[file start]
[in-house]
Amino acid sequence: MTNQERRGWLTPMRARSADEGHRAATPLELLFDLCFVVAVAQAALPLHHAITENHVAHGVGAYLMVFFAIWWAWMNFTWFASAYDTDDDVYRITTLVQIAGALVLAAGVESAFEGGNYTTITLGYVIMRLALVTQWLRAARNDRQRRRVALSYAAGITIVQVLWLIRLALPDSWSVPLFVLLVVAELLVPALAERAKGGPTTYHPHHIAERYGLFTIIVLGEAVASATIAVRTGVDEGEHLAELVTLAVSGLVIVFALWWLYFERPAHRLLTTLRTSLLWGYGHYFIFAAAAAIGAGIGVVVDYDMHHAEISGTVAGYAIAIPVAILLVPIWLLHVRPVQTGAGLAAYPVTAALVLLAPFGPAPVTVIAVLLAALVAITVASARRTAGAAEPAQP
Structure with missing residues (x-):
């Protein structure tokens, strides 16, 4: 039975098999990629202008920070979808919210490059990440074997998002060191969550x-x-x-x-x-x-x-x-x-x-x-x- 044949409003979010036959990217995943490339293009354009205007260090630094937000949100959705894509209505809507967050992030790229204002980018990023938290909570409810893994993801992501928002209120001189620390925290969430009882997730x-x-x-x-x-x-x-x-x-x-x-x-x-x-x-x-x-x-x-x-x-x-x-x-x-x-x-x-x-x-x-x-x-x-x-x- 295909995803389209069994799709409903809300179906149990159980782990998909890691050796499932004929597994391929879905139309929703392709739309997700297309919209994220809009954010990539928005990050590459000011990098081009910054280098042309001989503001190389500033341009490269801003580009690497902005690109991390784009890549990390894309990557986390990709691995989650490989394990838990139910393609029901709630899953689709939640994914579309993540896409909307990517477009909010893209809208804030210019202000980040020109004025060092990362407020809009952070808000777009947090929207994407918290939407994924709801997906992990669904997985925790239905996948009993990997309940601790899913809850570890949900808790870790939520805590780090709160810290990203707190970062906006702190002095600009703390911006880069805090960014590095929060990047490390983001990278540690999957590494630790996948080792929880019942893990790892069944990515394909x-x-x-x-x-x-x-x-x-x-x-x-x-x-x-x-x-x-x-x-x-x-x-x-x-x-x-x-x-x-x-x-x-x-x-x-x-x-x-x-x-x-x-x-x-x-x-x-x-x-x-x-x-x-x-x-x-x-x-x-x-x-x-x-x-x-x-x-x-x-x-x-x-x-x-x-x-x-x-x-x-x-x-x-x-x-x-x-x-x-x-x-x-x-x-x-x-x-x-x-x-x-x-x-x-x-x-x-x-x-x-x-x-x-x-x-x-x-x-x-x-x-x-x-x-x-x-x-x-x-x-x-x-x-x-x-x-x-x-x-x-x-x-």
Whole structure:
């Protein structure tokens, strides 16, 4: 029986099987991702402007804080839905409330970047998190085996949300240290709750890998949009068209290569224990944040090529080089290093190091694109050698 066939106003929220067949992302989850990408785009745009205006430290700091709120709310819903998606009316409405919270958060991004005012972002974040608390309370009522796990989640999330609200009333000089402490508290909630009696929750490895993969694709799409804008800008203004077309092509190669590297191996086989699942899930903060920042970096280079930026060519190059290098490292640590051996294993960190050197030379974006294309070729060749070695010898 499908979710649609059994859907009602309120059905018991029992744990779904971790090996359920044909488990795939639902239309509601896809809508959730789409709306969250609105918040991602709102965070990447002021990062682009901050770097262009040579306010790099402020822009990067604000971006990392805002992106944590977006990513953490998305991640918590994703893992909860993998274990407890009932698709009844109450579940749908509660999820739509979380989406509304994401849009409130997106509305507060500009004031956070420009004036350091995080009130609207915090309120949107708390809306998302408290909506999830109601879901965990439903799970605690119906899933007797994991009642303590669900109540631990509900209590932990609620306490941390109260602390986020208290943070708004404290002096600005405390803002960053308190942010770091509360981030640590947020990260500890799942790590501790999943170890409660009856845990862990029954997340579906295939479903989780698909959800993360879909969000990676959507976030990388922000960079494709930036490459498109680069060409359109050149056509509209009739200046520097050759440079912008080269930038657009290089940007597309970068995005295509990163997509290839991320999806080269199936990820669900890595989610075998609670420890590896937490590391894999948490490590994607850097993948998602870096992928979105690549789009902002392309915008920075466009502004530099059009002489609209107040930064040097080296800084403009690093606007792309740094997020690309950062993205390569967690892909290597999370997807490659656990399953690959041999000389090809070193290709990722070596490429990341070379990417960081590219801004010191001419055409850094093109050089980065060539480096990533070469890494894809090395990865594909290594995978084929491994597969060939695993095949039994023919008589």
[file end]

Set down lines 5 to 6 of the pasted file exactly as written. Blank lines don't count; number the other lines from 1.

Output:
Whole structure:
């Protein structure tokens, strides 16, 4: 029986099987991702402007804080839905409330970047998190085996949300240290709750890998949009068209290569224990944040090529080089290093190091694109050698 066939106003929220067949992302989850990408785009745009205006430290700091709120709310819903998606009316409405919270958060991004005012972002974040608390309370009522796990989640999330609200009333000089402490508290909630009696929750490895993969694709799409804008800008203004077309092509190669590297191996086989699942899930903060920042970096280079930026060519190059290098490292640590051996294993960190050197030379974006294309070729060749070695010898 499908979710649609059994859907009602309120059905018991029992744990779904971790090996359920044909488990795939639902239309509601896809809508959730789409709306969250609105918040991602709102965070990447002021990062682009901050770097262009040579306010790099402020822009990067604000971006990392805002992106944590977006990513953490998305991640918590994703893992909860993998274990407890009932698709009844109450579940749908509660999820739509979380989406509304994401849009409130997106509305507060500009004031956070420009004036350091995080009130609207915090309120949107708390809306998302408290909506999830109601879901965990439903799970605690119906899933007797994991009642303590669900109540631990509900209590932990609620306490941390109260602390986020208290943070708004404290002096600005405390803002960053308190942010770091509360981030640590947020990260500890799942790590501790999943170890409660009856845990862990029954997340579906295939479903989780698909959800993360879909969000990676959507976030990388922000960079494709930036490459498109680069060409359109050149056509509209009739200046520097050759440079912008080269930038657009290089940007597309970068995005295509990163997509290839991320999806080269199936990820669900890595989610075998609670420890590896937490590391894999948490490590994607850097993948998602870096992928979105690549789009902002392309915008920075466009502004530099059009002489609209107040930064040097080296800084403009690093606007792309740094997020690309950062993205390569967690892909290597999370997807490659656990399953690959041999000389090809070193290709990722070596490429990341070379990417960081590219801004010191001419055409850094093109050089980065060539480096990533070469890494894809090395990865594909290594995978084929491994597969060939695993095949039994023919008589």